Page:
"My mom fell in love with the place," he said. "It's only four hours away. I came up on a visit and walked in a room and saw all these All-America plaques. I was like, 'Holy crap, this is beautiful.' And (Doylestown) is very nice. It's like the place I came from."
He finished fourth at the nationals as a freshman and third the following March, when he thought he should have won. Last year he did, defeating the defending champion by a point in the final match. He's gone 45-0 since November 2015, and his 118 career wins are 11 shy of the program record.
"I really didn't have many goals when I came here," he said. "I was just coming for school. But I started getting it. I figured out what I wanted to do and got very focused. Still, if you'd told me I'd be a national champion, I would have said you were crazy. I would never have believed that. My sophomore year, I was pretty disappointed I didn't win. I lost to a kid I shouldn't have lost to. That's when I really stepped it up.
"When it (finally) happens, you can't even fathom the feeling. All that time you gave to it pays off . . . Every athlete dwells on a bad loss. You can't let go of it. I'm like that. But then you realize you've been through a lot worse. You start asking questions, but you just have to bear down. Keep on trucking."
His coach, Steve Cantrell, is in his sixth season at Del Val after serving in the Marine Corps for nearly a quarter-century. He believes there's a chance Roseberry could get into one of USA Wrestling's regional training centers for Olympic hopefuls.
"He found us," Cantrell said. "When we first saw him, he was wrestling at 195. He told us he never had to cut weight. But over the summer he grew about 40 pounds. So he's a fast heavyweight, and that's to his advantage. He's more athletic. We'll do some long runs and he's always at the front of the pack. You don't normally see that from your big guy. He's one of those guys that doesn't complain, no matter what. He sets the bar, yet he never seeks attention. Two years ago he broke his hand at nationals, but you wouldn't have known it. The year before that, he busted his knee up pretty good. But you have to pull him out. His brother is very central to who he is.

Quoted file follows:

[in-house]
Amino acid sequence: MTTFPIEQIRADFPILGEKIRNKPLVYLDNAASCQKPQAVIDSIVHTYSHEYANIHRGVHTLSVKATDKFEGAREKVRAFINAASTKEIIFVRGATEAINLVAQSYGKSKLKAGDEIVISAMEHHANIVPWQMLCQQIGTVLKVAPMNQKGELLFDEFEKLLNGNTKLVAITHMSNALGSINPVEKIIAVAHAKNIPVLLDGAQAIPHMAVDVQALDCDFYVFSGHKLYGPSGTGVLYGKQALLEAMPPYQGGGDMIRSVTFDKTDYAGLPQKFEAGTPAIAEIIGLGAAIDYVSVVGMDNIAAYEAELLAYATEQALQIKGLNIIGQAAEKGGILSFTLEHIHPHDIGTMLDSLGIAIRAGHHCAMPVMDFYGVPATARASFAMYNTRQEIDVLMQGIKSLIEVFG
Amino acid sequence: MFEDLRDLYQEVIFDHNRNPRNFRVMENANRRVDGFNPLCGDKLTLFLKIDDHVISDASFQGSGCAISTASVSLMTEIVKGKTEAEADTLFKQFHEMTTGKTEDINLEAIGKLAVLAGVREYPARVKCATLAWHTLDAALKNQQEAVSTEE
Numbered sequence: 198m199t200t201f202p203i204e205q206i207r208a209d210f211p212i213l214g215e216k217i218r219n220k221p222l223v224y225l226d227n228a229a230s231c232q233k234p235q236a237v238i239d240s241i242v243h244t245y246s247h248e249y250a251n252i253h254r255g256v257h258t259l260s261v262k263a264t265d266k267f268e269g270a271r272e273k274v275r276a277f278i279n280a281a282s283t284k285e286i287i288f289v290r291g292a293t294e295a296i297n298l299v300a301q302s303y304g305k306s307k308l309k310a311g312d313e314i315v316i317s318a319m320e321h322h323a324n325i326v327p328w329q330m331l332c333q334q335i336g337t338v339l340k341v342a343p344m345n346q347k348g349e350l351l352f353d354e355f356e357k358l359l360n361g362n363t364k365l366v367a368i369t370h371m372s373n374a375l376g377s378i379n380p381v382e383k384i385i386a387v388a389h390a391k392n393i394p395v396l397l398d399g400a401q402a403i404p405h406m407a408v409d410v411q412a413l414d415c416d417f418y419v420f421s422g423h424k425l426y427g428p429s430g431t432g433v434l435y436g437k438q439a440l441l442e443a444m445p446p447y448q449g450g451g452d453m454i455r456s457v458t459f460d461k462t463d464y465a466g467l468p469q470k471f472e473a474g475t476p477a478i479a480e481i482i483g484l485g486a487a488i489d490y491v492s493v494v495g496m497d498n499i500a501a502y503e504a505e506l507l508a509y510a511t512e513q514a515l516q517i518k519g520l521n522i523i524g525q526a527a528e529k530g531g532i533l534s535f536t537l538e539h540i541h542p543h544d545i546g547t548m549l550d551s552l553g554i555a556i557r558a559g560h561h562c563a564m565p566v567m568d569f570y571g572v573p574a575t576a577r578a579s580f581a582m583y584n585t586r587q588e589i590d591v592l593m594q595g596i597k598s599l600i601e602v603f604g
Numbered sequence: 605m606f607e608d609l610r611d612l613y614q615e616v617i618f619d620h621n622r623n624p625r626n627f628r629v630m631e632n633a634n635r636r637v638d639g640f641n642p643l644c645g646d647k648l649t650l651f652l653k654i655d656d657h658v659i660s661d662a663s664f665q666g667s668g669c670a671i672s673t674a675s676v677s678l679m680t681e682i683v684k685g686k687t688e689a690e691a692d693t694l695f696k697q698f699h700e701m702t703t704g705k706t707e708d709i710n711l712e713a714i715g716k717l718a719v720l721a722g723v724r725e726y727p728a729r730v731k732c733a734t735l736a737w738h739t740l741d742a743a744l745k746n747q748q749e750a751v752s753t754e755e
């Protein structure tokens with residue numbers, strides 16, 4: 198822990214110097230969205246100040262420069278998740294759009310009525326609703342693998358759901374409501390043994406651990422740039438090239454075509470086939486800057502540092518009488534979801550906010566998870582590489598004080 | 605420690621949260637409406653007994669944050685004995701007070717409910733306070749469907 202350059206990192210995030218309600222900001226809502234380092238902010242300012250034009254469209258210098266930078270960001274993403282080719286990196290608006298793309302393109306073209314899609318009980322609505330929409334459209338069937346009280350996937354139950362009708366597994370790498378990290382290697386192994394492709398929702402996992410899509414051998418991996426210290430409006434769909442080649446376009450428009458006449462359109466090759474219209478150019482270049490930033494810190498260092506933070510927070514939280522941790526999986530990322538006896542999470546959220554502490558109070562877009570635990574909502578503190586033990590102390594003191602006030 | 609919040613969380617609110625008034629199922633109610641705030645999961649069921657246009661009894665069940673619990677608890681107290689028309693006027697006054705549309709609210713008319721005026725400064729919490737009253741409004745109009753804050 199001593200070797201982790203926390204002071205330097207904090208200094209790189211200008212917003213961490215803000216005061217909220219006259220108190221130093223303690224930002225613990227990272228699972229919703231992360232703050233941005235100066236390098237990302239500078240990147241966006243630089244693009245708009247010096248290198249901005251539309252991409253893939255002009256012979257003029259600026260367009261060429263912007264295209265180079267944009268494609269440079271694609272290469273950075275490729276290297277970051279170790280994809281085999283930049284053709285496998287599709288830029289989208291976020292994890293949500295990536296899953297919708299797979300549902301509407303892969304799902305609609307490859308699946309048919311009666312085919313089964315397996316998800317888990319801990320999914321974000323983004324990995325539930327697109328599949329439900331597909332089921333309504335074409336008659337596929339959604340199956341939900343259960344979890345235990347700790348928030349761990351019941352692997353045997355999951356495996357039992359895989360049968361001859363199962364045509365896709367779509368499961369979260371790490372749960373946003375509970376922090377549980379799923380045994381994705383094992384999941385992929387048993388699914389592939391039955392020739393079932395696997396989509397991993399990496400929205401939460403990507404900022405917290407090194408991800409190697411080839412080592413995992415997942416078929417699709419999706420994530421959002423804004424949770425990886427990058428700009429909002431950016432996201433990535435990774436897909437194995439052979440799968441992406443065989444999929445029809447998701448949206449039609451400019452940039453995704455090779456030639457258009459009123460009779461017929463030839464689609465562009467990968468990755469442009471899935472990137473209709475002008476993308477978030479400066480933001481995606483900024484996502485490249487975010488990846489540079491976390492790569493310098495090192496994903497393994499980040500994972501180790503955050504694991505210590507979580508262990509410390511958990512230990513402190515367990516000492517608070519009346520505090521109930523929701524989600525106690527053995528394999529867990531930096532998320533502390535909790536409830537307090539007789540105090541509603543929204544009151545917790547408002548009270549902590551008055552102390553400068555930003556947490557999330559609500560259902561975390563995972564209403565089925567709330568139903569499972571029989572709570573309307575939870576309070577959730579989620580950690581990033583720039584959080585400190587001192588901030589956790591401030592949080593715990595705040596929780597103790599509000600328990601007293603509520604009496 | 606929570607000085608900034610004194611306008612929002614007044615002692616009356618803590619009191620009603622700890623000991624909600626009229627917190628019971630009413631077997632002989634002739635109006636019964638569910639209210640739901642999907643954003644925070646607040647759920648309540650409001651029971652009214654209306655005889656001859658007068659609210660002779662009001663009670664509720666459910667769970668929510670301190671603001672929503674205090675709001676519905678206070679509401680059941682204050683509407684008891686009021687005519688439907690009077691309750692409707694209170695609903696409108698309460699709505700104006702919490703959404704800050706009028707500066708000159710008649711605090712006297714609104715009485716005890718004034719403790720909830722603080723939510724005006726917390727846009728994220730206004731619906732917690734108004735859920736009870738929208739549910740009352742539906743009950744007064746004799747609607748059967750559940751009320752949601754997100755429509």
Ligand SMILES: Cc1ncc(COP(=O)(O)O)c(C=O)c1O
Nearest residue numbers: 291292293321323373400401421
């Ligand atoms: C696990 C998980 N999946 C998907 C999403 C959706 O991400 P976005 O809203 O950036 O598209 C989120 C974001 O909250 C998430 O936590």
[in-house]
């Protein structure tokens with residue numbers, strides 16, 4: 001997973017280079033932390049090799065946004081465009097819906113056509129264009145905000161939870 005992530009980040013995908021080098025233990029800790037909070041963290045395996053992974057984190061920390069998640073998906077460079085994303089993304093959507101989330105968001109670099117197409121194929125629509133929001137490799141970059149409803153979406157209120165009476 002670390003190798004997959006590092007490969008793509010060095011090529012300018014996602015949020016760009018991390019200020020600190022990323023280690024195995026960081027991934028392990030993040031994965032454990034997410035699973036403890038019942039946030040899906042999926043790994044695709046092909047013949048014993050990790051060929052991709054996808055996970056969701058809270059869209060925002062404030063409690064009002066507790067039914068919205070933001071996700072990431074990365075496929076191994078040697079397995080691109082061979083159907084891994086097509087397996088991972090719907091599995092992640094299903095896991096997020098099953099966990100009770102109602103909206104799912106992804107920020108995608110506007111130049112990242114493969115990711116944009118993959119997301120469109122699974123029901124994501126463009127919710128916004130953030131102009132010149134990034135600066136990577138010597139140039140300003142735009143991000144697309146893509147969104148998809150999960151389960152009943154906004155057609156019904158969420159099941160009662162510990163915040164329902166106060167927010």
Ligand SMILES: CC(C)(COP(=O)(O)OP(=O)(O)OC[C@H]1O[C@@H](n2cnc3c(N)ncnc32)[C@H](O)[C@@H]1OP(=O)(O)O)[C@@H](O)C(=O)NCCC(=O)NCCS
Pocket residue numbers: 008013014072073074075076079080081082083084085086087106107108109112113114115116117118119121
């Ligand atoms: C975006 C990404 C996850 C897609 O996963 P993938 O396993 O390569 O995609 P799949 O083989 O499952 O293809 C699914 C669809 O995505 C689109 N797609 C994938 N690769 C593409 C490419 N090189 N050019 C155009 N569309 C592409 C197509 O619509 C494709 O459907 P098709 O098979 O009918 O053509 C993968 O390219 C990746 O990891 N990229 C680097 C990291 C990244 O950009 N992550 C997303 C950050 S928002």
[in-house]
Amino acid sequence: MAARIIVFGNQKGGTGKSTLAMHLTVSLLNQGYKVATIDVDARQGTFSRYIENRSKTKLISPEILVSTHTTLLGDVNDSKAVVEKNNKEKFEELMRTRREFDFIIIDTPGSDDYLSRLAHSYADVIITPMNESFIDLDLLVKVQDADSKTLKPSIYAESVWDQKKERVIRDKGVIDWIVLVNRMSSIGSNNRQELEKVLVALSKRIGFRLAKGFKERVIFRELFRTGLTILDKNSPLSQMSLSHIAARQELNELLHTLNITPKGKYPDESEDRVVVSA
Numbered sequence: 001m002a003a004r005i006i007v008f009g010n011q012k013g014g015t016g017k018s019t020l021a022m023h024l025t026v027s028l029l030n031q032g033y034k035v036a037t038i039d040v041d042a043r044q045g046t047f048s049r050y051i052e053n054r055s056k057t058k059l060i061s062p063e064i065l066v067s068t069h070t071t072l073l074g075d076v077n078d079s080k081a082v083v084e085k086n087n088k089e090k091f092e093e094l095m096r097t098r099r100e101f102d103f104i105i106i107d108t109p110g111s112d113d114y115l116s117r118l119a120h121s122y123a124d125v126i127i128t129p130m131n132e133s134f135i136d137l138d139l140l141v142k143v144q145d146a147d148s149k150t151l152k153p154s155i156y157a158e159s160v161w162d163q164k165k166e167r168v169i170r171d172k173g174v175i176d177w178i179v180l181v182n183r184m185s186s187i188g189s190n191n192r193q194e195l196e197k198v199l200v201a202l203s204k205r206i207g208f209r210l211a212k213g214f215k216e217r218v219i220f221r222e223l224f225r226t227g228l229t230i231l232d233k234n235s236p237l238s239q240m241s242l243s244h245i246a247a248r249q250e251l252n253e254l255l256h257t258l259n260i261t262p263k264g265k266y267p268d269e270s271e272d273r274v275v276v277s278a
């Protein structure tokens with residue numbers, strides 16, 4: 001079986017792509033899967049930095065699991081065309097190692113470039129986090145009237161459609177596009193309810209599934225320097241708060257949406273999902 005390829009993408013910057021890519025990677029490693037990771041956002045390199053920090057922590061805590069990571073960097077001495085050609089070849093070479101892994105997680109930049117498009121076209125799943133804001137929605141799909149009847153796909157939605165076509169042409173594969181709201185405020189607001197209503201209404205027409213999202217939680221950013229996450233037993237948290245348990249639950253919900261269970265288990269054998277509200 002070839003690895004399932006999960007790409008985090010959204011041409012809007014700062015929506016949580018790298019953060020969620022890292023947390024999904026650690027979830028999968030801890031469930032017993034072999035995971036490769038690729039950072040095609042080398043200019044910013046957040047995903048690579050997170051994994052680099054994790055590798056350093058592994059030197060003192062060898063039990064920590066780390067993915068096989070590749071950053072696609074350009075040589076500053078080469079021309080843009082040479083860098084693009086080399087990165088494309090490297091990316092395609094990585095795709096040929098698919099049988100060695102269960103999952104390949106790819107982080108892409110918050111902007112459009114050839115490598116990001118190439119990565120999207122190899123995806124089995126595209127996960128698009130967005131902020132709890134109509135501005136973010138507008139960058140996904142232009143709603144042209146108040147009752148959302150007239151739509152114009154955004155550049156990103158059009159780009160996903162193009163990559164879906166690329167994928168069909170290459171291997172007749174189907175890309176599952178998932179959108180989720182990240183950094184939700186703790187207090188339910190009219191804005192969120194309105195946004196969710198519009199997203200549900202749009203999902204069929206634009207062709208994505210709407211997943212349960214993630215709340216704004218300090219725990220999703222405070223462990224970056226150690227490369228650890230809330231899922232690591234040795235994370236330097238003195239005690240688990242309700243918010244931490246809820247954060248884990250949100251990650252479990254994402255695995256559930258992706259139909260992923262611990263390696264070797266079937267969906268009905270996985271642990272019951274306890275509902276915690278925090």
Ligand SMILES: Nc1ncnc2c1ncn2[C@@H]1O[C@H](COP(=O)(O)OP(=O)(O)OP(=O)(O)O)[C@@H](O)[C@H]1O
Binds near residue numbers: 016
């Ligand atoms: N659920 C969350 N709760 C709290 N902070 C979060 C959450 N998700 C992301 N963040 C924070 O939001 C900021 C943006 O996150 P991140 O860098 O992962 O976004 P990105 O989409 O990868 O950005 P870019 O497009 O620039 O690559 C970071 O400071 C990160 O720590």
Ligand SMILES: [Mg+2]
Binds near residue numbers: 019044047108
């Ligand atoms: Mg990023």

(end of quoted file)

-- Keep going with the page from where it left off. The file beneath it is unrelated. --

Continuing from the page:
"He never really gets stressed out. His freshman year, he's going up against the No. 3 guy in the country and he's sitting there as relaxed as possible, joking with us, and the match is about to start. But he was talking about something else. He keeps his emotions in check. It's hard to wrestle aggressively, when you have everything to lose. You're going to be vulnerable. That's what he's dealing with. When he really opens up and shows what his ability is, well, he just beat the No. 5 guy, 10-0."
The picture of Roseberry raising his arms in triumph after winning the title is powerful. And the tattoo is a prominent part of that image. No matter what he does or where he goes, that will never change. It's as much a part of him as his DNA.
"All he ever wanted me to do was my best," Roseberry remembered. "Pretty simple, right? There's a lot of pressure, but I'm trying not to let it get to me. I'm just trying to take care of business, one at a time. That's what I did last year. I'm not trying to defend anything. It's a new year. I just really want to show them why I'm No. 1.
"To win again would be icing at the end of a great four years. Last year, coach hugged me and I was crying. Not sobbing. Those were streams of joy running down my face. I didn't say too much. A lot of things were just going through my head.
"(Trey) was there, I think."
He always has been. And always will. It makes for quite a team.